Flood Cycles

By Gregory Paul Pavlik


To research flood history on a Nebraska river and to see if past precipitation records could be used for future predictions.


Use current on-line references and Climprob to research a Nebraska river's flood history.

To obtain the ClimProb software, please contact:

Meyer,Steven J
Assistant Professor in Natural & Applied Sciences (Earth Science)
Office Address: LS 446
Mailing Address: ES 317
(920) 465-2371
University of Wisconsin, Green Bay

Teacher Note: This lesson is intended to generate more questions than it answers. Both teachers and students will find better ways than the ones presented here to look at a rivers flood history. Any river could be used and any resource could be used too. I would like to hear from anyone that has developed a similar lesson or used part of this lesson to branch off in a different direction.


  • Access to the Internet
  • Climprob
  • Notebook paper

Step 1:

  • Introduce flood cycles to the students.
  • Have students research major floods that fit the idea of the 30 year and 100 year flood cycles.
  • Brainstorm questions that the students have about floods.... Example: -What is the definition of a flood
  • Are some rivers more likely to flood than others? Why?

Step 2:

  • Have students identify major rivers in Nebraska that have a city or number of cities on or near it. It would be nice if some of these cities would part of Climprob’s database.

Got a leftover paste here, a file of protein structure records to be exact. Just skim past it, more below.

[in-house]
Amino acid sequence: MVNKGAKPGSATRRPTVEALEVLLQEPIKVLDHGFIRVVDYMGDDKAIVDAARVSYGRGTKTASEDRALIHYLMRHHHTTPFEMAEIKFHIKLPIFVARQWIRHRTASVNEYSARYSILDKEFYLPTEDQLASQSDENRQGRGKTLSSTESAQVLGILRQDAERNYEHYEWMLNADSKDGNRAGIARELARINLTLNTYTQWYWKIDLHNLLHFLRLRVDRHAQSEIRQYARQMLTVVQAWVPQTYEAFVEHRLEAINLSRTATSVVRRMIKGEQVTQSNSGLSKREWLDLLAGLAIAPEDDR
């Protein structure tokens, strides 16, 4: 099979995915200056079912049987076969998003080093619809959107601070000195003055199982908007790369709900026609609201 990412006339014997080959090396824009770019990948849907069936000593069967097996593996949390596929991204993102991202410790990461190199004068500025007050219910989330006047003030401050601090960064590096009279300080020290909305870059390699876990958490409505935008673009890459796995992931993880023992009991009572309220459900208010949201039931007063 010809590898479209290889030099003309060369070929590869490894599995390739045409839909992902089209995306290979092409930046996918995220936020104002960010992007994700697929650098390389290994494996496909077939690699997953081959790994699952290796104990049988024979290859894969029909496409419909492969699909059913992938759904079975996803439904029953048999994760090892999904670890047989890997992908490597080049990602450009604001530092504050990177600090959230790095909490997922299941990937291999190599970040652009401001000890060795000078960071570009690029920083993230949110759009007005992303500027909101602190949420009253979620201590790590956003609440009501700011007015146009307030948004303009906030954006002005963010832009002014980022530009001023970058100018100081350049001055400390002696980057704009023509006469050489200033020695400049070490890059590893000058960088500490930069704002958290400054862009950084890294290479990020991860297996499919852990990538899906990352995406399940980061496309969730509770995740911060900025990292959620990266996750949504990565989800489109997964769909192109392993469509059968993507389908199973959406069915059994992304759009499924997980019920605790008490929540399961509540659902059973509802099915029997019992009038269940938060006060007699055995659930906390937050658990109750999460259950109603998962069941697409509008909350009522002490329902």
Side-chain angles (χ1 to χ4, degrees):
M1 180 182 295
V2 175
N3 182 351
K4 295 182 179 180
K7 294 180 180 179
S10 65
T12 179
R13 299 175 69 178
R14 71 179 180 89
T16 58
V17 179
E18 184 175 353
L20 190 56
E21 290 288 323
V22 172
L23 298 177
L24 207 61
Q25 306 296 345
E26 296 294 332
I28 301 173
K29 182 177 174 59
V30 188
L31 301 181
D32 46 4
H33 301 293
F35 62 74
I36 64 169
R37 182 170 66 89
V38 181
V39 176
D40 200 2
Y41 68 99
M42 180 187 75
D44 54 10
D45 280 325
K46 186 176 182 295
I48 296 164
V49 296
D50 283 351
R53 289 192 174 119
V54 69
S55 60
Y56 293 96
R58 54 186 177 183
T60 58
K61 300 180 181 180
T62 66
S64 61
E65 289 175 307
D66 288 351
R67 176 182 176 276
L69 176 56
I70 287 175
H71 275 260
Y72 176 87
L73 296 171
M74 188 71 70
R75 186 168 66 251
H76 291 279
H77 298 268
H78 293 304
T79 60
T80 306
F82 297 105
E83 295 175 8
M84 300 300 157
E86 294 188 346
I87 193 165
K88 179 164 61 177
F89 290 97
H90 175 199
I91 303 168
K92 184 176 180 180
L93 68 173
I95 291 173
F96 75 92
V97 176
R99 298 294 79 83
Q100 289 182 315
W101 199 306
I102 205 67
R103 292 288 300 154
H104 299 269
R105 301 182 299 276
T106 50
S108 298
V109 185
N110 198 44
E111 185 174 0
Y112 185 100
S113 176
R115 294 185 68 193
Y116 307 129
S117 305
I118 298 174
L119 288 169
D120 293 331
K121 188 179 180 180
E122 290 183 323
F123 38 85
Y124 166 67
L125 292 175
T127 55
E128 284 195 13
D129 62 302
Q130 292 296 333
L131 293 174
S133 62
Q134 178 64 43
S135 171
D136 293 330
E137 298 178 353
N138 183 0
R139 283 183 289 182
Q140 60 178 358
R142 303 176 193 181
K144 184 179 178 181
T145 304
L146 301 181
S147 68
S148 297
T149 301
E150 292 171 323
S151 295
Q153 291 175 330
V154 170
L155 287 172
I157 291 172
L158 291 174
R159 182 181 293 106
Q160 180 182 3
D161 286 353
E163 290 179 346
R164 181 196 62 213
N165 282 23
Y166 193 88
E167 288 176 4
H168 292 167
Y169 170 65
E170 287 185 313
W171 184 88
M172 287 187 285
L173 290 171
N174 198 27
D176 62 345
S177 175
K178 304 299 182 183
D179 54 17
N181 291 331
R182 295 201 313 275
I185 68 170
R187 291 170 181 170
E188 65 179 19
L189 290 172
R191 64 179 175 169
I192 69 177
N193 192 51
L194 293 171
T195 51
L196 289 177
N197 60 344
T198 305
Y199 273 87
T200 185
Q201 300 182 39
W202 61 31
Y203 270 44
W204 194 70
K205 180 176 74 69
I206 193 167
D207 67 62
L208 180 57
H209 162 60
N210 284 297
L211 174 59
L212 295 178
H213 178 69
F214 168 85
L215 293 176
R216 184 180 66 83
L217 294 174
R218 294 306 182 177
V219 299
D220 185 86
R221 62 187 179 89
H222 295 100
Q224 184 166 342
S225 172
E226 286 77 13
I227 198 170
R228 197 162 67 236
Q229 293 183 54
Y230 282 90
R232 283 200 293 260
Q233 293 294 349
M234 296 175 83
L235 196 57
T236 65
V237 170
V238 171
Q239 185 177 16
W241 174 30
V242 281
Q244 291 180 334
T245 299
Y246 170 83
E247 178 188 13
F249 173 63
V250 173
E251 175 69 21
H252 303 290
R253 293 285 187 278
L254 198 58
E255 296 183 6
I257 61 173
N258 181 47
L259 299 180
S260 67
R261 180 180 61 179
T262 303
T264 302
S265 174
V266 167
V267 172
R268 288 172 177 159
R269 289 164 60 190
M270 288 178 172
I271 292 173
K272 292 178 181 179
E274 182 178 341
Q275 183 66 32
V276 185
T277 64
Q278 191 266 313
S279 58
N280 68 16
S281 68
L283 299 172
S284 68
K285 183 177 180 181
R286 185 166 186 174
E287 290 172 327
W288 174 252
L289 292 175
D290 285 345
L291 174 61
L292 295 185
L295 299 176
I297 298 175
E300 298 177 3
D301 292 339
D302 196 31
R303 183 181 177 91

Step 3:

  • Background research must be conducted about the flooding history of the selected river.
  • One possible way.... Many towns now have a community web page with a contact person. Have students make contact with these communities and see if they could collect data from them that might be found in the local newspaper or from personal interviews. Another way could be to contact the local science teacher through email and set up a dialog with science students from the selected towns.
  • Personally, I would first try the community web page. To have the students have the possibility of creating a dialog with someone who might have experienced a major flood, 40 or 50 years ago would be a great learning experience for them. You could also use this as a link across the curriculum with your social studies teacher(s).

Step 4:

Once the background research is completed then use Climprob to study precipitation patterns. The idea that I would try to bring to the students is the many different factors that could lead to floods.

For example:

  • Winter snowfall previous to a spring flood
  • Large amounts of spring rain
  • Both of the above could lead to...
  • Large amounts of runoff
  • Shallow water table ( depends on location )

In the above example the students could start to look at several different precipitation patterns and then try to answer the question what caused the flood. In many cases it may be more than one factor that lead to a flood. Turn the students loose on Climprob and let them discover.

Once this model has been completed for one river it will be more interesting to at other rivers and compare all the events that could lead to a flood.

Step 5:

Using Climprob go back 30 years or ahead 30 years (if possible). Do the flood cycles discussed earlier occur exactly 30 years later or earlier. What about the 100 year floods. Once you find a second flood on the same river, (you might have already found out the dates of other floods through your earlier research ) use Climprob to see if similar precipitation patterns were recorded before the other flood.